The long awaited musical Hadestown has finally made its West End Debut and is currently showing at the Lyric Theatre on Shaftesbury Avenue.

The show opened on Broadway in 2021 (as one of the first shows back after Covid) and due to its great success in New York, it’s gracing the English stage.

So where was the inspiration for this myth-musical? Composer Anaïs Mitchell launched a concept album full of songs inspired by an Ancient Greek tragedy in 2006. The tale was Orpheus and Eurydice’s unfortunate love story. With a uniquely edgy style, Mitchell has created a post-apocalyptic world where ancient myths reflect relatable, dilemmas of love and power that individuals also face in today’s world.

With strong musical influences from the New Orleans depression era, the catchy, blues soundtrack definitely bewitches the audience but is the storyline strong enough to root down in town for a while?

In true concert hall fashion, the band were a large part of the experience. With a fantastic group of musicians, we were treated to delicious sounds reverberating around the auditorium and placing the band on stage dramatically levelled up the excitement, creating welcomed explosions of energy. A highlight of the show had to be the delicious trombone solo which (pardon the pun) blew us away!

Hadestown depicts the story of Orpheus, a musician who believes he can defy life’s struggles by composing a beautiful song. He falls in love with Eurydice, a rebellious girl who is lured away by Hades, king of the underworld with promises of a better life. Can their love stand the biggest test of all… trust? 

Directed by Rachel Chavkin and produced by Mara Isaacs, Hadestown is set in a dark, fiery underworld and possesses a strong female presence. It’s great to see successful collaborations between women breaking through theatre norms and this theme was strengthened by the sheer level of talent displayed on stage.

There was nothing elaborate or overly memorable about scenery and set. It was fitting to the style of the piece with mostly wooden textures featuring a metal, spiral staircase which led up to the office of Hades. 

The drummer was tucked away underneath the stairs with the rest of the band residing either side and were included throughout the show by the cast. A few set changes and a revolving stage kept it interesting, however there’s definitely room for enhancements in this department.

The lighting, however, was spectacular. There was a variety of colours used, swinging lights and dispersed moments of darkness. It was clearly well considered and highly creative to showcase such an array of illuminations, although, I did hope that the ensemble were going to surprise us and mount the swinging lights to make it a tad more exciting!

There were some highlights in the costume department, with Hermes’ silver sparkly waistcoat taking the top place for me, however with nothing mesmerising, I see this as a missed opportunity for some fabulously eccentric outfits to match the flamboyancy of the songs.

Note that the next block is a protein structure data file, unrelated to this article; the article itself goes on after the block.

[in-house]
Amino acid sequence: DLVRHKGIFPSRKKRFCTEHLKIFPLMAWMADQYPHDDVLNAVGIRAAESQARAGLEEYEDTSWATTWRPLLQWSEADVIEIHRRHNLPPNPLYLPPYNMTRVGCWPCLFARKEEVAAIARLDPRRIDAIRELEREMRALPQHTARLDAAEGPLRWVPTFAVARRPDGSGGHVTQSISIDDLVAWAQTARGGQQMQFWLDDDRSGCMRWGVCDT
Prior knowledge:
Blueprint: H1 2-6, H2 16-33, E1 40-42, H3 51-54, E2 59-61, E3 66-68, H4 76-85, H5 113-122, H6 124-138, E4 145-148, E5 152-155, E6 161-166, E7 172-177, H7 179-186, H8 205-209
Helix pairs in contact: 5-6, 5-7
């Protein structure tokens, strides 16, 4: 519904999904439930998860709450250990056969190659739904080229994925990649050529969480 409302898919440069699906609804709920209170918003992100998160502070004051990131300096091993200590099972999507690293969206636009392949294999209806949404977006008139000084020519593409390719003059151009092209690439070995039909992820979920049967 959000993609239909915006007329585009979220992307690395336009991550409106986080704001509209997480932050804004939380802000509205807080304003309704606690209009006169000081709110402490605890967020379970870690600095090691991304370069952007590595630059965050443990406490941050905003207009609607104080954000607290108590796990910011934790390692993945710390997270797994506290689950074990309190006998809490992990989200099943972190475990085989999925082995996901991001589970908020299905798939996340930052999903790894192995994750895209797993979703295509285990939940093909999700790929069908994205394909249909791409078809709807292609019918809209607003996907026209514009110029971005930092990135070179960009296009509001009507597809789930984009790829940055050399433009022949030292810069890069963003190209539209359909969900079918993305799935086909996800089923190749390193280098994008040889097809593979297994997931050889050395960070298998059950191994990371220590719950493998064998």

The cast did a good job overall portraying the (quite slow) storyline. It’s great to see such a diverse company, this show certainly celebrates individuality. We were treated to some striking voices, of which I particularly enjoyed the power of Eurydice and the enviable bass notes of Hades.

The romantic connection between the two leads was slighting lacking until late into the second act. Perhaps this will develop as the run goes on, however it’s an integral part of the show and a component needed sooner by the audience.

Bringing his Irish charm to the stage, LAMDA trained actor-musician Dónal Finn plays Orpheus. Grace Hodgett Young is Eurydice and brought a passionate take on the conflicted character. We also are taken on the volatile love journey of Hades (Zachary James) and Persephone (Gloria Onitiri) narrated mostly by Hermes (Melanie La Barrie). The ensemble were hardworking, expressive and animated in their enthusiasm of the musical numbers. 

The choreography by the acclaimed David Neumann has been kept simple but effective. The dances, clearly influenced by an early jazz style, are enjoyable to watch and reinforce the rebellious flair of the prohibition period.

Even though it seemed to entertain the masses last night and ended in a standing ovation, overall this Greek myth retelling lacked charm and glamour. It’s a speakeasy spectacle that has all the makings of a good show but could afford to be a little more flamboyant (and dare I say it.. sexier). It’s evident that the music is the real star of the show and glitters soulfully throughout.

The question is, will the UK audiences be satisfied with the tragic ending when we’re all hopeless romantics at heart.. let’s wait and see.

This show was reviewed on the 21st February 2024 at the Lyric Theatre where Hadestown runs until December 2024.  Tickets available here: Hadestown West End | Official Website | Lyric Theatre

Review written by Lauren Atkinson


Photo credit: Marc Brenner

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